The UPC is nigh – how should life sciences companies prepare?

The long-awaited unitary patent and Unified Patent Court are nearly here, with the system expected to come into effect late this year or early 2023.


In the life sciences sector, patent licensors, licensees, and co-owners should dust off their notes and check that their current and future agreements are UPC ready, both in relation to current European patents and the strategy for filing patents in the future.

Small and early stage biotech companies who have relatively few products in their pipelines could see their businesses devastated if the patents covering the technology are subject to a central attack, and similarly, investors in those companies may be equally concerned about this risk.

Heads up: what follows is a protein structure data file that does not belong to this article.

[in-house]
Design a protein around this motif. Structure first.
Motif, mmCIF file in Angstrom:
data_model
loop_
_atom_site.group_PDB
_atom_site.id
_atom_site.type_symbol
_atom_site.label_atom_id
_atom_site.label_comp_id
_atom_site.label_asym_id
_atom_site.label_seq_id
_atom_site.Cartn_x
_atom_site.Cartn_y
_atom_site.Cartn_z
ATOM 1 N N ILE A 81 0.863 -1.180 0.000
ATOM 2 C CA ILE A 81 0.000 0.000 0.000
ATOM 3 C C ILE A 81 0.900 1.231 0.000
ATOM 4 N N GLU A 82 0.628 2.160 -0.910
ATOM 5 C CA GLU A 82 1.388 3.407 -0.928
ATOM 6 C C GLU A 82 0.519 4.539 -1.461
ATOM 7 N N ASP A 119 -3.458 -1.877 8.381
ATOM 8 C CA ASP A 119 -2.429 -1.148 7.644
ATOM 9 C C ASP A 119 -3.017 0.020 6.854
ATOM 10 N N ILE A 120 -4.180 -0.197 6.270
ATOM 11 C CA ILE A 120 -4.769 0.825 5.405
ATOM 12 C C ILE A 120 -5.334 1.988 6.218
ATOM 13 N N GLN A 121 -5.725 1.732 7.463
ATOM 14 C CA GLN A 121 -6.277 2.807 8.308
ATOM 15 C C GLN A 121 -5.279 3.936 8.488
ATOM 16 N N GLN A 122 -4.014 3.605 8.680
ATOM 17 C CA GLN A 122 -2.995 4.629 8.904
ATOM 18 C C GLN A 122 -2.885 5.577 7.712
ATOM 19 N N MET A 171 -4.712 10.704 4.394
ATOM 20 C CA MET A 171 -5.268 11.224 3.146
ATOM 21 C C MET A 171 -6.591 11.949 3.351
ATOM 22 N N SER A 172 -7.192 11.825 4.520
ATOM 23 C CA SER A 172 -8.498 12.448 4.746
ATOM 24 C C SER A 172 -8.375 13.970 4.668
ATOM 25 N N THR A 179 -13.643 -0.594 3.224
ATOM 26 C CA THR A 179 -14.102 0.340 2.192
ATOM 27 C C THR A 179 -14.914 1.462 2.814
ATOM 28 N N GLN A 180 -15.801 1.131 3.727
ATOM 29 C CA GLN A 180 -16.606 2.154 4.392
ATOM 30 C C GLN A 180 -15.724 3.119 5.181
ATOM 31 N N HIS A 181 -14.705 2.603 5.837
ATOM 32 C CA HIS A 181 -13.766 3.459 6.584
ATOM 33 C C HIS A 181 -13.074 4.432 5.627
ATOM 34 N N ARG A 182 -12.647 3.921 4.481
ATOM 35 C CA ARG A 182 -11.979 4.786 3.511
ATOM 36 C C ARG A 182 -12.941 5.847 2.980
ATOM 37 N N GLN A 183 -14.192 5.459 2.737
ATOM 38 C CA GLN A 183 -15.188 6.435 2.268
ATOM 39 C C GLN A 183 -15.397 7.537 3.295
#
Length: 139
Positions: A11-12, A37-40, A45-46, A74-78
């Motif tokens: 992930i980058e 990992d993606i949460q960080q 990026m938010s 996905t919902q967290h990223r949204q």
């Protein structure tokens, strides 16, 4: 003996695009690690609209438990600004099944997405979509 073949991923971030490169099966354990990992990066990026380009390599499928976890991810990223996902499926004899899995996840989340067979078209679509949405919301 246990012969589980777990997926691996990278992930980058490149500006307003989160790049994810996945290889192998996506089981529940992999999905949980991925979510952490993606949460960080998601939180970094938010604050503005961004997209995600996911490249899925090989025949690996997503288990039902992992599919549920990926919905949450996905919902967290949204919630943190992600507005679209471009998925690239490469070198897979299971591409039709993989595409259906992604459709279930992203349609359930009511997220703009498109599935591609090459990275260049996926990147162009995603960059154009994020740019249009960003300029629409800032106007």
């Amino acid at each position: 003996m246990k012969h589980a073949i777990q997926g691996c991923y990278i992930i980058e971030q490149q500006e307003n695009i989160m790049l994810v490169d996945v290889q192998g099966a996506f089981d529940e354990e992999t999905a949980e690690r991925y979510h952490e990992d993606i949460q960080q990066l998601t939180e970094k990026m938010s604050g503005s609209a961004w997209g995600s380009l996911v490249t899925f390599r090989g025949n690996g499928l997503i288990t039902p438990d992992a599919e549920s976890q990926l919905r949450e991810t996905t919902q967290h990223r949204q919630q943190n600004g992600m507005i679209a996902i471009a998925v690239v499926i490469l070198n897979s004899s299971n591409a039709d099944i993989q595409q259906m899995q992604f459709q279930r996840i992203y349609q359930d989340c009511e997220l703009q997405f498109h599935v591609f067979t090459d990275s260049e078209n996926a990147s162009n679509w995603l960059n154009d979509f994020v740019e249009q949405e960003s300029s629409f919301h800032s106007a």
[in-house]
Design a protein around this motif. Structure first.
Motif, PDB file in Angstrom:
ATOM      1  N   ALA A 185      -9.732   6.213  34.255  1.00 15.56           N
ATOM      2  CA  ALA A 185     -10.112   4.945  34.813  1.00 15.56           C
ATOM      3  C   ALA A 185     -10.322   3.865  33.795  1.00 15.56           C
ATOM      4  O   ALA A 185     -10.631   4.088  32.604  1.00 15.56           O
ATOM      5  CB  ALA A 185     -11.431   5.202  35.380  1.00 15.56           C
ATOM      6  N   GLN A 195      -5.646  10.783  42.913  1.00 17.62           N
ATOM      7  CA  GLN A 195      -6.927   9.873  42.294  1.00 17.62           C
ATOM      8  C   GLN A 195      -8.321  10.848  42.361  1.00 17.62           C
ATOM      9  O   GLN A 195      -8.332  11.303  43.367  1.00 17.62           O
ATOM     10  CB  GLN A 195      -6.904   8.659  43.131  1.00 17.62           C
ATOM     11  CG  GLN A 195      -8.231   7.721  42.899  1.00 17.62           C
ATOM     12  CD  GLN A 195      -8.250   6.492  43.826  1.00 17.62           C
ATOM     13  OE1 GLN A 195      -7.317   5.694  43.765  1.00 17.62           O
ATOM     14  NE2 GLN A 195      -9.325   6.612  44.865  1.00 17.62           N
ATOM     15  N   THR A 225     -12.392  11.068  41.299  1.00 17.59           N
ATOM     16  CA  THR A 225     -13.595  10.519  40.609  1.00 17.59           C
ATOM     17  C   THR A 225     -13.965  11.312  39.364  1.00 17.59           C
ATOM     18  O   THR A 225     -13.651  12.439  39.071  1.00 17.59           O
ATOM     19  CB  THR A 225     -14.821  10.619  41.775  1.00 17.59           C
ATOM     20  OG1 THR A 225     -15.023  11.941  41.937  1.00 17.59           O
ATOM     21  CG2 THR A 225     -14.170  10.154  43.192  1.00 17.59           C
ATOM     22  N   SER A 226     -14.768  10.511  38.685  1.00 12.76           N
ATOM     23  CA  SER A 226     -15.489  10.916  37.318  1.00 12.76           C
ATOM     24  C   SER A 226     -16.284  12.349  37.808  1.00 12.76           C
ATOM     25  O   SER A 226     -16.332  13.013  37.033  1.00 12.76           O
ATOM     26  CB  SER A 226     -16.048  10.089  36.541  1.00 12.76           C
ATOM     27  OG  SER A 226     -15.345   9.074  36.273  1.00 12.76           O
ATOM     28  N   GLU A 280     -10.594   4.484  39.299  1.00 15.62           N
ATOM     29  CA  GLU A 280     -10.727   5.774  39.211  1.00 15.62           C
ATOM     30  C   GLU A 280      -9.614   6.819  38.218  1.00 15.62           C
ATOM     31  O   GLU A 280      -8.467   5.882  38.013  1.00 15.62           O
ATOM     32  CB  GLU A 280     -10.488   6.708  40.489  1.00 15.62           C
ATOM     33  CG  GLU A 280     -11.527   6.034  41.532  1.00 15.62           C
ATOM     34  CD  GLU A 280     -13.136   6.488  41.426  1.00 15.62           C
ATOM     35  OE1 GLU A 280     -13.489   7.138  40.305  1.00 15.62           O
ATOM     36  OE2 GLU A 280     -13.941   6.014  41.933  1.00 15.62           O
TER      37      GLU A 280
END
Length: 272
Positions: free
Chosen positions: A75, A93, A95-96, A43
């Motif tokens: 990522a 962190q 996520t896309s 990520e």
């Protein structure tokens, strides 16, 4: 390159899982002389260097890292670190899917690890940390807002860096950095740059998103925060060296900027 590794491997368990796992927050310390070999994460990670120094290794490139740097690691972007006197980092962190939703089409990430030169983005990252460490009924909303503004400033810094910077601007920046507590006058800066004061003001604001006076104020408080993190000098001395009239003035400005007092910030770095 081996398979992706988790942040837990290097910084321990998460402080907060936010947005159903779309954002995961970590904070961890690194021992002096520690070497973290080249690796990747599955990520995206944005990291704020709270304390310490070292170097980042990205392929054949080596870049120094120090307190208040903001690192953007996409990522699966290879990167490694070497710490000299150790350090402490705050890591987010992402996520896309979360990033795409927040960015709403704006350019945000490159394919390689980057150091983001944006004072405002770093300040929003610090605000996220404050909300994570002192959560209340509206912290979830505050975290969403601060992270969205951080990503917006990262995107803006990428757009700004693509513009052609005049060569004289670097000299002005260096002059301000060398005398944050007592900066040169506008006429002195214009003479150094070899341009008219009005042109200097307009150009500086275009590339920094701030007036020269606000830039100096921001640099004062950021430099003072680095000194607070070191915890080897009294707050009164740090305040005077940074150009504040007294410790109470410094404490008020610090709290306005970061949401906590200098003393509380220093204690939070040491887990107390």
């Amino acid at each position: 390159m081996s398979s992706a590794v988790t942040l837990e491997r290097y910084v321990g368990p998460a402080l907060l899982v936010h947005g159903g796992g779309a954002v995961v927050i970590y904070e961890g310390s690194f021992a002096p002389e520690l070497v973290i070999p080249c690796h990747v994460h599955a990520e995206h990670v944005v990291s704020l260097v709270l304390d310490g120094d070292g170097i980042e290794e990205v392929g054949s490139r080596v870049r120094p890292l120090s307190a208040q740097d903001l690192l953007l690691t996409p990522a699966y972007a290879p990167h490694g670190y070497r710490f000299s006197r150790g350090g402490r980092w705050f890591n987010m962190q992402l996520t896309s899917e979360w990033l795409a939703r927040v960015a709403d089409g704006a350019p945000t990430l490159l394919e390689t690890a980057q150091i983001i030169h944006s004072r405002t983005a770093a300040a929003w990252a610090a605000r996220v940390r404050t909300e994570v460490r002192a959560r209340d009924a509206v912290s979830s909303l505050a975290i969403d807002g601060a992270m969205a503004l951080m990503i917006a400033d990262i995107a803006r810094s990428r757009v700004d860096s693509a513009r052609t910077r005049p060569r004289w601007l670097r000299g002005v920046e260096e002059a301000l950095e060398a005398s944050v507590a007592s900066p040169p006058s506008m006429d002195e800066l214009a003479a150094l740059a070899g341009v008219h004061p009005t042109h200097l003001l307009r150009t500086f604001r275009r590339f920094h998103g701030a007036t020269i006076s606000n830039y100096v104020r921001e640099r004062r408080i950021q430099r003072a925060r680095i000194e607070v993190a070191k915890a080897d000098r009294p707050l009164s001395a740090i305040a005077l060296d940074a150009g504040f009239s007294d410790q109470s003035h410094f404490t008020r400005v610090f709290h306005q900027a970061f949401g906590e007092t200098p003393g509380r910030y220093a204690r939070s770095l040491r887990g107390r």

Larger and more established pharma companies will also have to consider this risk in relation to potentially very profitable product lines, but may be able to take a broader view in some cases – although they are likely to tread much more carefully when making decisions in relation to core patents in their portfolios (such as compounds patents).

Anyone planning licensing or collaboration deals should agree a strategy related to European patents in the agreement – an exercise better started sooner rather than later.

So how do you make your licences and patent strategy UPC-ready? We have prepared a detailed note on what needs to be done, which you can read on the Bristows UPC hub, here.

The UPC: Are your agreements ready for the UPC? 

How do you make your licences and patent strategy UPC-ready? Register here to join our webinar where experts Claire Smith and Ellen Lambrix focus on the commercialisation and exploitation of intellectual property, answering the most important questions and explaining what your business should do to be fully prepared for the new system.